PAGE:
Works Cited

Anonymous. "Ebony Interview: Julia Markus." Ebony  50 (1995): 100, 152.

Barnes, Julian. Flaubert's Parrot.  New York: Vintage, 1990.

Browning, Elizabeth B. Aurora Leigh.  Oxford: Oxford University Press, 1993.

Burns, Monique. "A Cultural Bombshell: Two of World's Greatest Lovers — Elizabeth Barrett and Robert Browning — Were Descendants of Blacks." Ebony  50 (1995): 96, 98, 150.

Cody, David. "Autobiographical Elements in Dickens's Great Expectations ."

Cody, David. "Dickens: A Brief Biography."

Dickens, Charles. Great Expectations . Oxford: Oxford University Press, 1994.

Douglas, Laurelyn. "The Relationship of Elizabeth Barrett Browning and Robert Browning."

Kenyon, Frederic G., ed. The Letters of Elizabeth Barrett Browning.  2 vols. London: Smith, Elder & Co., 1897.

Landow, George P. "Biographical Fact and Fiction in Aurora Leigh. "

Landow, George P. "Elizabeth Barrett Browning's Self-Presentation as Poet-Invalid."

Lee, Alison. Realism and Power: Postmodern British Fiction.  New York: Routledge, 1990.

Markus, Julia. Dared and Done: The Marriage of Elizabeth Barrett and Robert Browning.  New York: Knopf, 1995.

Martin, Robert B. "A Valetudinarian and Her Values." Times Literary Supplement  (1988): 900.

McSweeney, Kerry. "Introduction." Aurora Leigh.  Oxford: Oxford University Press, 1993.

Sanders,Valerie. The Private Lives of Victorian Women: Autobiography in Nineteenth-Century England.  New York: St. Martin's Press, 1989.

Smith, Amanda. "PW Interviews: Graham Swift." Publishers Weekly  239 (1992): 43 - 44.

Swift, Graham. Waterland.  New York: Random House, 1992.

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Abel, Ernest L. "The Most-Hated Man in America." American History Illustrated  22 (1987): 10 - 15.

Anonymous. "Charles Dickens: A Chronology of His Life."

Anonymous. "Elizabeth Barrett Browning Chronology."

Brewer, John. "History and Telling Stories: Graham Swift's Waterland. " History Today 35 (1985): 49 - 51.

Janik, Del I. "History and the 'Here and Now': The Novels of Graham Swift." Twentieth Century Literature  35 (1989): 74 - 88.

Tomalin, Claire. The Invisible Woman: The Story of Nelly Ternan and Charles Dickens.  New York: Knopf: Distributed by Random House, 1991.


1 While she was writing the concluding section, in which the reader is led to expect some solution of Marian's problem, Elizabeth's personal maid Wilson, who had been with her eleven years and had become her closest friend, announced her engagement when she was four months pregnant. Rather than showing her the compassion of Aurora Leigh, Elizabeth forgot that Wilson had taken on herself all the arrangements of her mistress's elopement, had accompanied her to Italy and had never been given a rise in salary. All she could remember was that Wilson's baby would be a grave inconvenience for herself. Wilson finally had to leave the child in England for four years, and when she returned to Italy, she was replaced by another maid. (Quoted by Landow).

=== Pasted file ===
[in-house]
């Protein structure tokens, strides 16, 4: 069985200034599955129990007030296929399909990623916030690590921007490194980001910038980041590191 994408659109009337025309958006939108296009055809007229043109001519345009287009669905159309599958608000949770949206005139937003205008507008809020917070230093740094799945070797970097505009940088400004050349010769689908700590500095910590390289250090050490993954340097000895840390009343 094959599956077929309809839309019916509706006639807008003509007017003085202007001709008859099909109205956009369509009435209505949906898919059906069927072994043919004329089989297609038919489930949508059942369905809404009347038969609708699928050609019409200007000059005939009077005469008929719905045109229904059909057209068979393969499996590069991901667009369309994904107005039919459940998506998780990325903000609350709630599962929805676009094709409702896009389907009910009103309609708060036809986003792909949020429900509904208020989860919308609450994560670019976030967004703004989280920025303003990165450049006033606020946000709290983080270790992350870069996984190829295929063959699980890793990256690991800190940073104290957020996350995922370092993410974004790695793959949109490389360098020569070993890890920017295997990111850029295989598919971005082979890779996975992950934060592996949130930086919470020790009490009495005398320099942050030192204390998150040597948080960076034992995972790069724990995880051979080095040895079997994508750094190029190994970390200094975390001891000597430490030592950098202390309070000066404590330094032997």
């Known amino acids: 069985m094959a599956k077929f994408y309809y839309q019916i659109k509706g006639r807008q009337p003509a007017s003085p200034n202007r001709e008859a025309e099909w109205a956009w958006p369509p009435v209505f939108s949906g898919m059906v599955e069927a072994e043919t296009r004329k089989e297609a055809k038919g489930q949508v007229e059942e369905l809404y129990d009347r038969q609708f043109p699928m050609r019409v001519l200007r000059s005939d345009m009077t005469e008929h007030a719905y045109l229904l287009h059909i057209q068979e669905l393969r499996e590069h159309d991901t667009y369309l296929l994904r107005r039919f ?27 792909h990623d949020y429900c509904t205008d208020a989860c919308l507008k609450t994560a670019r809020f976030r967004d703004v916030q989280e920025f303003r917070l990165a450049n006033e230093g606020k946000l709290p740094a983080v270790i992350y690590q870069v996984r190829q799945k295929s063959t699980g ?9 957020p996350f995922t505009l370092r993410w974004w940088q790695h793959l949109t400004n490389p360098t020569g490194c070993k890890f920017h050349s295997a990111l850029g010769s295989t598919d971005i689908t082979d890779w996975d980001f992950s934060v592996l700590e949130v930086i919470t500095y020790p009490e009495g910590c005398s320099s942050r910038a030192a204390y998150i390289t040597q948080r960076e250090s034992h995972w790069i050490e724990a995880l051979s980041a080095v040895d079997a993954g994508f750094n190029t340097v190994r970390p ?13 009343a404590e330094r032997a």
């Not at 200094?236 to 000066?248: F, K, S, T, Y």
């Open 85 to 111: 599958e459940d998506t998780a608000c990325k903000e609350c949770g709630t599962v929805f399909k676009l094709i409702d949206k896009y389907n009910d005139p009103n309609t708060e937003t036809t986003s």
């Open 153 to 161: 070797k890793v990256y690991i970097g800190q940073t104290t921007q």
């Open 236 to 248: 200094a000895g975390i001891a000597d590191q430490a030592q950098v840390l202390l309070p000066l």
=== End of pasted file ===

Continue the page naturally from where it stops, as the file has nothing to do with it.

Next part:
2 According to Martin, Browning asserted her own identity amid a large family by adopt[ing] the roles of "resident poet and, more dangerously for her own stability, that of family invalid ... (Quoted by Landow).

3 The masculine bias inherent in Western myths complicates the task for Elizabeth Barrett Browning and Aurora Leigh because this is the conventional narrative pattern that people have been accustomed to in literature. Promoting a strong, independent, female character created problems for Elizabeth because when she examined the English canon for female antecedents, she was disappointed by the lack of such antecedents: "'I look everywhere for grandmothers and see none'" (Kenyon i. 232, quoted in McSweeney xvii). Aurora Leigh is a novel "verse novel" because the female fictional autobiography has never been a literary genre. Elizabeth had to create Aurora Leigh, both the book and the title heroine, without an established narrative tradition.

However, it is also these myths that ancient people told to establish a sense of order in their chaotic world. The myths explain such fearful and stochastic occurrences as thunder and lighting by attributing them to a god. Even in Shakespearean works, any chaos (such as an emperor's death) is a result of a temporary loss of this order established by the gods.

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Last modified 1996